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Sunday, 25 April 2010

Aftermarket suspension - value for the average rider?

For most of my riding years, I've stuck with stock suspension, and probably much of it was with tired units because as young 'un with not much money to throw about, most of the early bikes were second hand or worse.  Still, you don't know what you don't know so you ride to the best of your ability and if it wallows like a pig on corners, produces the odd tankslapper or bottoms out on savage bumps in the road; it's all part of riding a motorcycle eh?  If there was any surplus cash to throw about, it always seemed to be spent on bling, farkles - call them what you will.  OK for "pose" value but probably with little impact on performance!

Owning a Honda Blackbird was where I started to really wonder about a suspension upgrade. A fantastic bike in virtually every respect. Trouble is, some of my mates had pure sports bikes and once we got into the tight stuff with uneven surfaces, trying to stay in touch on a fast ride required so much physical work wrestling the heavy old girl through the bends that it was like doing a full aerobics workout at the same time, not to mention the odd fright from pushing the boundaries.  Raising the rear ride height to sharpen the steering helped quite a bit but by 50,000-odd km, the standard shock was definitely past its best.

It was more or less at this time when I read an article on checking sag and found that both the standard front and rear suspension had significantly greater sag than the recommended values.  This wasn't really a surprise given comments I'd seen on various Blackbird websites about the relatively budget standard suspension.  I did think about replacing the rear shock with a new standard unit but one of the American 'bird sites was organising a group buy of Penske units through Cogent Dynamics Motosport in North Carolina.  From a bit of research, it appeared that the Penske brand was pretty much on par performance-wise with Ohlins albeit less expensive; particularly with the group buy discount. The owners of Cogent, Rick and Joyce Tannenbaum; were a joy to deal with and very exacting in getting details of my weight, riding habits and road types so that they could spring and valve it to my specific needs.  Most impressed with the specification but still some reservations at this stage as to whether an average rider like me would really notice much difference in improved damping control and  a custom spring.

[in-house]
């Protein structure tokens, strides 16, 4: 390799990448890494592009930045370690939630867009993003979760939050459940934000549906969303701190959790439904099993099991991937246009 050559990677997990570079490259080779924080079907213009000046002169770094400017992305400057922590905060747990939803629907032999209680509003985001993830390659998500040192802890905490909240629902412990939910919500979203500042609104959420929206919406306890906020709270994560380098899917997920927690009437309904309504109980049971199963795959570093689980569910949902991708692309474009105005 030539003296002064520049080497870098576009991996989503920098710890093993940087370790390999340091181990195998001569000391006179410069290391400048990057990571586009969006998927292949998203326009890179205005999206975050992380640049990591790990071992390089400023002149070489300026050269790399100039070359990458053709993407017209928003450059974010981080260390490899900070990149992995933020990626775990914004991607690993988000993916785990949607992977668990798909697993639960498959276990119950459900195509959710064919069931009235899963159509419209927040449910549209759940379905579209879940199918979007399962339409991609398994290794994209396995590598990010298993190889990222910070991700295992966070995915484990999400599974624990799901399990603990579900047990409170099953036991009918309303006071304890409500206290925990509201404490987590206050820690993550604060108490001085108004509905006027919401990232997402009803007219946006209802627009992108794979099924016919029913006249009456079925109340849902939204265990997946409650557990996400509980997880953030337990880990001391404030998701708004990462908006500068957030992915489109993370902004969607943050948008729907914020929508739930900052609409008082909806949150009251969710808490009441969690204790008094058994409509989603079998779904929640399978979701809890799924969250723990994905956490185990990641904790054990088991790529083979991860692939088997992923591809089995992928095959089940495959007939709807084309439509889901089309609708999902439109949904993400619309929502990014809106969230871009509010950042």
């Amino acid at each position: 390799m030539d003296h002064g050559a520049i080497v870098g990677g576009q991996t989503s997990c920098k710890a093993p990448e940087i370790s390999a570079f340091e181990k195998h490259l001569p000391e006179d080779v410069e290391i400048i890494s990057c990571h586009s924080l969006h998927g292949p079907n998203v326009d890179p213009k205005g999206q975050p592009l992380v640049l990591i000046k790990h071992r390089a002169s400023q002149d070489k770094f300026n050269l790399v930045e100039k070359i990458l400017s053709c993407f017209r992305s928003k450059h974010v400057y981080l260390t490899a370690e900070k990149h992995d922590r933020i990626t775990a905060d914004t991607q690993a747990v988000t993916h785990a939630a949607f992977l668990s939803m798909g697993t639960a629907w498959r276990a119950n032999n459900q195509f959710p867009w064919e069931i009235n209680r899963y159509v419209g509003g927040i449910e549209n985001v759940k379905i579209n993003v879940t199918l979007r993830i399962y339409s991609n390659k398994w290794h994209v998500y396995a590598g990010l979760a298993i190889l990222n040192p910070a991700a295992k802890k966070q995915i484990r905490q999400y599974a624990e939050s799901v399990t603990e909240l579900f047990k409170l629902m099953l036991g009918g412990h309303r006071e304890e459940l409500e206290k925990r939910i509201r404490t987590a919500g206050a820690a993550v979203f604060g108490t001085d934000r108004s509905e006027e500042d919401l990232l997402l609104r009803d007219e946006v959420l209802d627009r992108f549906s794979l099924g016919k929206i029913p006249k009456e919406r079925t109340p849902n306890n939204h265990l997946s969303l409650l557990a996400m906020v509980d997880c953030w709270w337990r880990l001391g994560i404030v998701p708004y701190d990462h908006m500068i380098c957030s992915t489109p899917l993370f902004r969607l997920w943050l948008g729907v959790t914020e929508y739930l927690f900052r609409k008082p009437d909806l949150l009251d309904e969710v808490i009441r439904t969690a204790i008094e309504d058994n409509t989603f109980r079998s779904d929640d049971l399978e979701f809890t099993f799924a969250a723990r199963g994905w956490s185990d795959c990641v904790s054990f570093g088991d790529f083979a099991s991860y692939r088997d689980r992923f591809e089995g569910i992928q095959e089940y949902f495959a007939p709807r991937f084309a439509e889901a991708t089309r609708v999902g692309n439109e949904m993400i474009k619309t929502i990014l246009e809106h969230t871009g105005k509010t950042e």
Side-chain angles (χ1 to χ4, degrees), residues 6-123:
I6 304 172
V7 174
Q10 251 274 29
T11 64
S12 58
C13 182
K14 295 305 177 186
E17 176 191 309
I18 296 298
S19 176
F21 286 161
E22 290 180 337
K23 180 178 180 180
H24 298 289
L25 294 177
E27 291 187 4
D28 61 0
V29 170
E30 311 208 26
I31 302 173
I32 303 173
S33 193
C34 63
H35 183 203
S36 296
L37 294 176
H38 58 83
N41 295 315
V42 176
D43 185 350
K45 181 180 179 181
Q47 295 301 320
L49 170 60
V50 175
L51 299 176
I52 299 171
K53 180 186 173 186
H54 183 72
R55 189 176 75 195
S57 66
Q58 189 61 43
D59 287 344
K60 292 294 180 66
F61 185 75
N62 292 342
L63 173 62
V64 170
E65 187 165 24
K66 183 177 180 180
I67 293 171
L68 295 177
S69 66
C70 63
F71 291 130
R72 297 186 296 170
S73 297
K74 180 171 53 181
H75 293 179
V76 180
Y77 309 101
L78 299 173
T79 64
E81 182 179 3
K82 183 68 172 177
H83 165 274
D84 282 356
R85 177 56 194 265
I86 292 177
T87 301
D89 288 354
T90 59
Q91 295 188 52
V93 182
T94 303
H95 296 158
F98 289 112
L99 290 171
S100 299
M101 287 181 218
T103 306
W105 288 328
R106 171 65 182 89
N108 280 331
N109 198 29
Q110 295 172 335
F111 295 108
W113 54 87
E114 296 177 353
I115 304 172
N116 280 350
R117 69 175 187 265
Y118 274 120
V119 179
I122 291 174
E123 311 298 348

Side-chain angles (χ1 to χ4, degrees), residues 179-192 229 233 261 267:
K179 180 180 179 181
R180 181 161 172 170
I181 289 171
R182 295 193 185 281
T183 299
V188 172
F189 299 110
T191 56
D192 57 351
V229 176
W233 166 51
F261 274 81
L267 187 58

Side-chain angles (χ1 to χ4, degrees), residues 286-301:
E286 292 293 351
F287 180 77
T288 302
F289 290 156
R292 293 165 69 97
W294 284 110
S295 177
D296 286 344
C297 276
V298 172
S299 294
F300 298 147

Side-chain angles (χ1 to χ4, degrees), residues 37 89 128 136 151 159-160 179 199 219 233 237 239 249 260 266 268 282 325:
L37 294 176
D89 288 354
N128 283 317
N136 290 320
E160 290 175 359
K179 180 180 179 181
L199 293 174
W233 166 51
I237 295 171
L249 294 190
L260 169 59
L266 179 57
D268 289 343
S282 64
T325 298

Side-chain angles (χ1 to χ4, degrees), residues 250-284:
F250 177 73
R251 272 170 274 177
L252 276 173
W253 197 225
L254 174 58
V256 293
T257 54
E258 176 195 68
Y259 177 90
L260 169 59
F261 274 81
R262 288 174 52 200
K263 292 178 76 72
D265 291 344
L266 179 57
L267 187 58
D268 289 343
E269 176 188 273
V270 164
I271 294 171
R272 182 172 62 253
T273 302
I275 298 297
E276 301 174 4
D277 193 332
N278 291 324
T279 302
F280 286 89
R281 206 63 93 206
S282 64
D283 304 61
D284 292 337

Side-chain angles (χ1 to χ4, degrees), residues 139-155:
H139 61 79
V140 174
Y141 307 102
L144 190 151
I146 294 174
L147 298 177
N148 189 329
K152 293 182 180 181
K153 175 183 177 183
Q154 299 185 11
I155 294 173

At least it took care of my birthday present from Jennie and she even had the grace not to ask how much it was going to cost - phew!

The 8983 Penske rear shock duly arrived what a beauty!  Rose joints top and bottom to reduce friction and alignment issues, with a remote compression damping reservoir for easy adjustment.  Also a comprehensive manual for set-up and maintenance.  All I did prior to fitting it was to increase the length by 8mm to match the ride height spacer previously used with the OEM shock and fitting took less than 2 hours.